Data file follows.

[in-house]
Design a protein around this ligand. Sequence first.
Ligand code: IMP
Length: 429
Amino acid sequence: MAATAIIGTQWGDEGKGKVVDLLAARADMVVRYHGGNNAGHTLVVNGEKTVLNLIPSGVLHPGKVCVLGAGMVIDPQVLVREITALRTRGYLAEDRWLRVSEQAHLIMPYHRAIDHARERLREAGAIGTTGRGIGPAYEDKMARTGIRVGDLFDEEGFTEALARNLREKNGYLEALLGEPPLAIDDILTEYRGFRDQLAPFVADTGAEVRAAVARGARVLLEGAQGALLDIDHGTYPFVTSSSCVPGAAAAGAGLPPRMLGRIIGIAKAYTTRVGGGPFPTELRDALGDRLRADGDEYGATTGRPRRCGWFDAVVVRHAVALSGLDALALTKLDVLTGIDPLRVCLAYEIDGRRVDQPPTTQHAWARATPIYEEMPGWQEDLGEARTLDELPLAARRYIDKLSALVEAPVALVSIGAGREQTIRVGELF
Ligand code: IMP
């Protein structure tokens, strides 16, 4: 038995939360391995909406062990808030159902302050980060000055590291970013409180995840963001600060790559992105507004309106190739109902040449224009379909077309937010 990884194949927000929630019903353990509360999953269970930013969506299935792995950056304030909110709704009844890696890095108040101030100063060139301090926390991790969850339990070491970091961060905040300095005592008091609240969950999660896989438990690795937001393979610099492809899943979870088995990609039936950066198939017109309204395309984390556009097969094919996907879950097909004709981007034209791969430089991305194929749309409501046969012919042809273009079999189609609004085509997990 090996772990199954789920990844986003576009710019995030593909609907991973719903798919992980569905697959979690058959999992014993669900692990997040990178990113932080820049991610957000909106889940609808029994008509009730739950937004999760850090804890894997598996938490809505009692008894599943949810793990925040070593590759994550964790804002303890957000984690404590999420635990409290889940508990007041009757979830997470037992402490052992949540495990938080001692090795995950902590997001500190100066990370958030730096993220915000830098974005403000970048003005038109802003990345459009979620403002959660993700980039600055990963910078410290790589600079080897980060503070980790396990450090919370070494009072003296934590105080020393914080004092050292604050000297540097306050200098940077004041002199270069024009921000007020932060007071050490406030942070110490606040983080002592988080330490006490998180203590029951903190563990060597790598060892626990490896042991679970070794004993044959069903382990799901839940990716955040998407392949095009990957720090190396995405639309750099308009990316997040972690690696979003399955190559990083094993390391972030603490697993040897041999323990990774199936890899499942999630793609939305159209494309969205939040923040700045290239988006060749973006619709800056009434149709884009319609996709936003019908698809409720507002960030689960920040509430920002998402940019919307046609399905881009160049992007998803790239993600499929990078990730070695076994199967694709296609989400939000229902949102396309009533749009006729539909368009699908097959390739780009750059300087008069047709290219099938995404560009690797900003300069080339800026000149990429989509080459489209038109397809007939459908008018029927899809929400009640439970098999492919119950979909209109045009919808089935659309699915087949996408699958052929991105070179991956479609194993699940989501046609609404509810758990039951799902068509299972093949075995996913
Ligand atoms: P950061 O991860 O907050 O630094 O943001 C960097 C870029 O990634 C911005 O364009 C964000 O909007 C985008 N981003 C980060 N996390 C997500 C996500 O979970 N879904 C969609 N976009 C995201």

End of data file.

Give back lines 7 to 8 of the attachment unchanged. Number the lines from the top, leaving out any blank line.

């Protein structure tokens, strides 16, 4: 038995939360391995909406062990808030159902302050980060000055590291970013409180995840963001600060790559992105507004309106190739109902040449224009379909077309937010 990884194949927000929630019903353990509360999953269970930013969506299935792995950056304030909110709704009844890696890095108040101030100063060139301090926390991790969850339990070491970091961060905040300095005592008091609240969950999660896989438990690795937001393979610099492809899943979870088995990609039936950066198939017109309204395309984390556009097969094919996907879950097909004709981007034209791969430089991305194929749309409501046969012919042809273009079999189609609004085509997990 090996772990199954789920990844986003576009710019995030593909609907991973719903798919992980569905697959979690058959999992014993669900692990997040990178990113932080820049991610957000909106889940609808029994008509009730739950937004999760850090804890894997598996938490809505009692008894599943949810793990925040070593590759994550964790804002303890957000984690404590999420635990409290889940508990007041009757979830997470037992402490052992949540495990938080001692090795995950902590997001500190100066990370958030730096993220915000830098974005403000970048003005038109802003990345459009979620403002959660993700980039600055990963910078410290790589600079080897980060503070980790396990450090919370070494009072003296934590105080020393914080004092050292604050000297540097306050200098940077004041002199270069024009921000007020932060007071050490406030942070110490606040983080002592988080330490006490998180203590029951903190563990060597790598060892626990490896042991679970070794004993044959069903382990799901839940990716955040998407392949095009990957720090190396995405639309750099308009990316997040972690690696979003399955190559990083094993390391972030603490697993040897041999323990990774199936890899499942999630793609939305159209494309969205939040923040700045290239988006060749973006619709800056009434149709884009319609996709936003019908698809409720507002960030689960920040509430920002998402940019919307046609399905881009160049992007998803790239993600499929990078990730070695076994199967694709296609989400939000229902949102396309009533749009006729539909368009699908097959390739780009750059300087008069047709290219099938995404560009690797900003300069080339800026000149990429989509080459489209038109397809007939459908008018029927899809929400009640439970098999492919119950979909209109045009919808089935659309699915087949996408699958052929991105070179991956479609194993699940989501046609609404509810758990039951799902068509299972093949075995996913
Ligand atoms: P950061 O991860 O907050 O630094 O943001 C960097 C870029 O990634 C911005 O364009 C964000 O909007 C985008 N981003 C980060 N996390 C997500 C996500 O979970 N879904 C969609 N976009 C995201």